Named for its resemblance to deer antlers, staghorn coral (Acropora cervicornis) is a branching coral with cylindrical branches that range in length from about an inch to more than 6.5 feet. It grows anywhere between the water surface and a depth of about 100 feet. Its upper growth limit is defined by wave forces, and its lower growth limit is defined by light availability and the amount of suspended sediments in the water. The species ranges geographically from its northern limit along the east coast of Florida at about Boca Raton to its southern limit in Venezuela.
Staghorn coral is one of the most important providers of habitat for fish and many other species of marine life. Although sexual reproduction occurs through spawning each year in August or September, staghorn coral predominantly reproduces through asexual reproduction. New colonies form when branches break off of a colony and reattach to the substrate in a process called asexual fragmentation.
The species can grow remarkably fast, increasing in length by 4 to 8 inches per year. Even though staghorn coral is the fastest growing species of all corals growing in western Atlantic waters, it has been listed as federally threatened under the Endangered Species Act. Populations of staghorn coral have been collapsing throughout their range, and the species has been locally extirpated in some locations.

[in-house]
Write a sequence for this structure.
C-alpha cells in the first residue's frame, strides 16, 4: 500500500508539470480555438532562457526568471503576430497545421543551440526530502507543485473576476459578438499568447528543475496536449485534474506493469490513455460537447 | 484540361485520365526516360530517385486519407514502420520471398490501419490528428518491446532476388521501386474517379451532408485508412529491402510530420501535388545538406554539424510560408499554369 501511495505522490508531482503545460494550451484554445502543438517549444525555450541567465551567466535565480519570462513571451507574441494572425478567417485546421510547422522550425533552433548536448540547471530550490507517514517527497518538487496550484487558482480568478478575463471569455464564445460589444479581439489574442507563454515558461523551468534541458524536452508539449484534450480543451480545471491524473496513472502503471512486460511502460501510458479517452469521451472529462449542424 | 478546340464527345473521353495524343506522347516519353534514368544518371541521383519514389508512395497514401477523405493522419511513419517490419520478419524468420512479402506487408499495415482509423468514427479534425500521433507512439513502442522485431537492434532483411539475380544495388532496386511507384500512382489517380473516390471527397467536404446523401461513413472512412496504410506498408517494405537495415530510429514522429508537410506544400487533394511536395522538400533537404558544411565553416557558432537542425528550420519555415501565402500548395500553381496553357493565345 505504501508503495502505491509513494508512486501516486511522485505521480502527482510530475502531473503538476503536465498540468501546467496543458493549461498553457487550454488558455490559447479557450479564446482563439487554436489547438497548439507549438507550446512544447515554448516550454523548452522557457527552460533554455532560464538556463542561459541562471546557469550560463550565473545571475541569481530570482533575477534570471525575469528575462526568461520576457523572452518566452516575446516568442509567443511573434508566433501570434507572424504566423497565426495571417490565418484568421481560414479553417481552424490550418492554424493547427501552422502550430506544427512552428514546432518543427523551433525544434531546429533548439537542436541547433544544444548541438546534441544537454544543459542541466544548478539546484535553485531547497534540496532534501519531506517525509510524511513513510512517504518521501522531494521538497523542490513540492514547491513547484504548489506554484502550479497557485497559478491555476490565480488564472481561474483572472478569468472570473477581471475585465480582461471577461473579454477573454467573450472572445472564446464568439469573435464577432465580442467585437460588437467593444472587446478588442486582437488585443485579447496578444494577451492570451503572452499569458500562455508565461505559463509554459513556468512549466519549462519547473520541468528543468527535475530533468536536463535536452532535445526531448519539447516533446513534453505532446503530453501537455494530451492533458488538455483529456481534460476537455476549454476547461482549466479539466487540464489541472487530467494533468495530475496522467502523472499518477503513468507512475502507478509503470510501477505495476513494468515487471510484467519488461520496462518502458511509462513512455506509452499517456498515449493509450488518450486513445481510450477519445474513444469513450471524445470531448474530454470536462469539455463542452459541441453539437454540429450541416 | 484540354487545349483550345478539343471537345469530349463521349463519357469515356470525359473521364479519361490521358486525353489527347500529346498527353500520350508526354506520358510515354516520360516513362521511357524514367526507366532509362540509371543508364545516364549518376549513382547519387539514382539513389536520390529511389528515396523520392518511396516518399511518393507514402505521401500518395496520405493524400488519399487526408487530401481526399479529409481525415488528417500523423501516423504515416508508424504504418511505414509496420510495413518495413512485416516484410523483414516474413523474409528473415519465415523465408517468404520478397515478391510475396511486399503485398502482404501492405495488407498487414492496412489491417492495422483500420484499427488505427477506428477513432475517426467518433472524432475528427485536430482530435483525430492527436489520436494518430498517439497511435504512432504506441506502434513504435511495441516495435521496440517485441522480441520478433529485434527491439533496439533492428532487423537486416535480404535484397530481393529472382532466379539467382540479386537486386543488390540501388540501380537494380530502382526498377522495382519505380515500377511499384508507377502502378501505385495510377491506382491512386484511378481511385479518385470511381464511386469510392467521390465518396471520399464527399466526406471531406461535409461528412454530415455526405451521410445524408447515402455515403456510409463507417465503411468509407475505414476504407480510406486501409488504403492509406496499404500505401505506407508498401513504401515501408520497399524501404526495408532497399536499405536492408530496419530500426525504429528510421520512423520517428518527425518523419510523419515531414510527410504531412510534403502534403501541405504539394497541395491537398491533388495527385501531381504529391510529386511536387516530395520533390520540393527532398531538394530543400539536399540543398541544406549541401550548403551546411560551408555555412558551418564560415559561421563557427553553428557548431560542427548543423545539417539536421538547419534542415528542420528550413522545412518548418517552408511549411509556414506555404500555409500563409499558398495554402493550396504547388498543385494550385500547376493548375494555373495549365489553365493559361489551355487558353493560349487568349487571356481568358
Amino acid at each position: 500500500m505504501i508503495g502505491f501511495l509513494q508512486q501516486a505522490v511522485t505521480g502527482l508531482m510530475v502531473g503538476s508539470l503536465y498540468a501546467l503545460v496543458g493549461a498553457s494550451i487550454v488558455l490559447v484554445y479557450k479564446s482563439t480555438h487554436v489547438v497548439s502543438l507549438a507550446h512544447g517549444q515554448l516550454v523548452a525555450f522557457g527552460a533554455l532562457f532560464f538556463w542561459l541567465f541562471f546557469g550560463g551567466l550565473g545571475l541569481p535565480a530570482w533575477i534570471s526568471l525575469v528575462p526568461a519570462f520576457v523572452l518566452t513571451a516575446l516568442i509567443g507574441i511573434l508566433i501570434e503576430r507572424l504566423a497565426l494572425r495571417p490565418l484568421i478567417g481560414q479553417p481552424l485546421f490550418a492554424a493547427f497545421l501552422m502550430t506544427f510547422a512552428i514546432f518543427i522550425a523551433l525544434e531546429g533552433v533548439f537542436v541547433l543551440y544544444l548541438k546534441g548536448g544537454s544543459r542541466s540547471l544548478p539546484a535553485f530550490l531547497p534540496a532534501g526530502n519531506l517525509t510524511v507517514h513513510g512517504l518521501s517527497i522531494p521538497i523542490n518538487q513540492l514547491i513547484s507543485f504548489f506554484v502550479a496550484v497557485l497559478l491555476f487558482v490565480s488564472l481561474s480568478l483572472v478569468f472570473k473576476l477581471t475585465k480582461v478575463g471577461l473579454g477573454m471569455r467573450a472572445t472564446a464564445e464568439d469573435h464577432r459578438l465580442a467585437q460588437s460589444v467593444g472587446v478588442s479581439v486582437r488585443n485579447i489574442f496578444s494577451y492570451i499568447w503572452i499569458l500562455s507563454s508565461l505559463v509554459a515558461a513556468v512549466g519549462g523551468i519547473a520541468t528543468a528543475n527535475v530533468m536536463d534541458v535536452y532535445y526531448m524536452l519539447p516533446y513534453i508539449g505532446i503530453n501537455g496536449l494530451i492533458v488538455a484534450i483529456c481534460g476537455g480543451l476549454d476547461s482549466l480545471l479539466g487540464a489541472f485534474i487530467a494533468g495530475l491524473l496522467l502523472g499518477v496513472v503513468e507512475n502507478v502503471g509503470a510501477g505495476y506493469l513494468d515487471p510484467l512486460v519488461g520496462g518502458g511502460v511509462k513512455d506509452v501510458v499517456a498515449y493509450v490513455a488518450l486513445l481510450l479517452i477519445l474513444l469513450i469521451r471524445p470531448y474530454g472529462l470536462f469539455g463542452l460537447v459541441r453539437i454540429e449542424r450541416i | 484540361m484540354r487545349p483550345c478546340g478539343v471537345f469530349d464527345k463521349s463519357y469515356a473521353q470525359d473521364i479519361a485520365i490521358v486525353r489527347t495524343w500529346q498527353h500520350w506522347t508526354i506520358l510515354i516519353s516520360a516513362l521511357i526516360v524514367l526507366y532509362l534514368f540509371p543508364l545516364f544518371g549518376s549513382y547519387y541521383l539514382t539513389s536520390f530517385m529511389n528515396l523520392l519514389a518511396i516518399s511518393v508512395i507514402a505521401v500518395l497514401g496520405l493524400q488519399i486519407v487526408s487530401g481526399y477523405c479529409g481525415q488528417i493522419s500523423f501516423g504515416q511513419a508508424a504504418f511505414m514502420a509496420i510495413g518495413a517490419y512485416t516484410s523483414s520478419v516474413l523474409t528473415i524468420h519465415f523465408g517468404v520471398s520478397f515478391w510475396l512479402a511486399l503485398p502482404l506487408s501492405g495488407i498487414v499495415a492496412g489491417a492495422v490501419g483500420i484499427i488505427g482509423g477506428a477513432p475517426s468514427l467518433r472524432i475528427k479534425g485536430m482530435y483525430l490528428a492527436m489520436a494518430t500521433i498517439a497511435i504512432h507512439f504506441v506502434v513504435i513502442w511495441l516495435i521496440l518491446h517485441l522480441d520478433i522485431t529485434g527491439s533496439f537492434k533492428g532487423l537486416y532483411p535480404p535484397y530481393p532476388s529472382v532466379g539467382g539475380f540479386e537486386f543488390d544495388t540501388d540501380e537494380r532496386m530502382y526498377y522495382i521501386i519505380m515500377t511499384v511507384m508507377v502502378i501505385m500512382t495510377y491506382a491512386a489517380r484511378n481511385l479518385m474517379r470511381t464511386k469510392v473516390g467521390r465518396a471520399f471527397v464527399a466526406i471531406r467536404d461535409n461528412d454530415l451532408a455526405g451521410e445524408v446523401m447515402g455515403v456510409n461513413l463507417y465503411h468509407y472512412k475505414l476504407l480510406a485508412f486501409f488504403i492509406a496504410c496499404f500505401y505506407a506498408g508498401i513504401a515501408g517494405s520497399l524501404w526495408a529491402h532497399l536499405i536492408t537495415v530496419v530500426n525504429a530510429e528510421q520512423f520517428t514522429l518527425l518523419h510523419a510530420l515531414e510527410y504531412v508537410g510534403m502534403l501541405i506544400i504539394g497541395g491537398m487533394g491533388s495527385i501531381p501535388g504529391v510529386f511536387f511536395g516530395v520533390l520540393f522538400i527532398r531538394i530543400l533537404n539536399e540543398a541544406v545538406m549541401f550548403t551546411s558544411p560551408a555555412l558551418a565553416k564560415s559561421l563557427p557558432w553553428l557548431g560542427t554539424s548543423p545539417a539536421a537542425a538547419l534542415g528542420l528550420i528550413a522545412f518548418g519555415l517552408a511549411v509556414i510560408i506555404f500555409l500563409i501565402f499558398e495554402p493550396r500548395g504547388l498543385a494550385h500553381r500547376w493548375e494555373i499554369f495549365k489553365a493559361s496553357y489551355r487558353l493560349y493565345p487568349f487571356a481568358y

Disease has been the greatest source of widespread mortality, mainly white band disease. In addition, localized losses have resulted from hurricanes, bleaching, algae overgrowth, and human impacts such as pollution, increased sedimentation from erosion, and changes in temperature and salinity.
Because the dominant mode of reproduction for staghorn coral is asexual fragmentation, recovery from physical disturbances such as hurricanes can be relatively rapid. However, the process of asexual fragmentation does not occur in cases of disease or bleaching, which makes recovery very difficult.
Last updated: July 16, 2015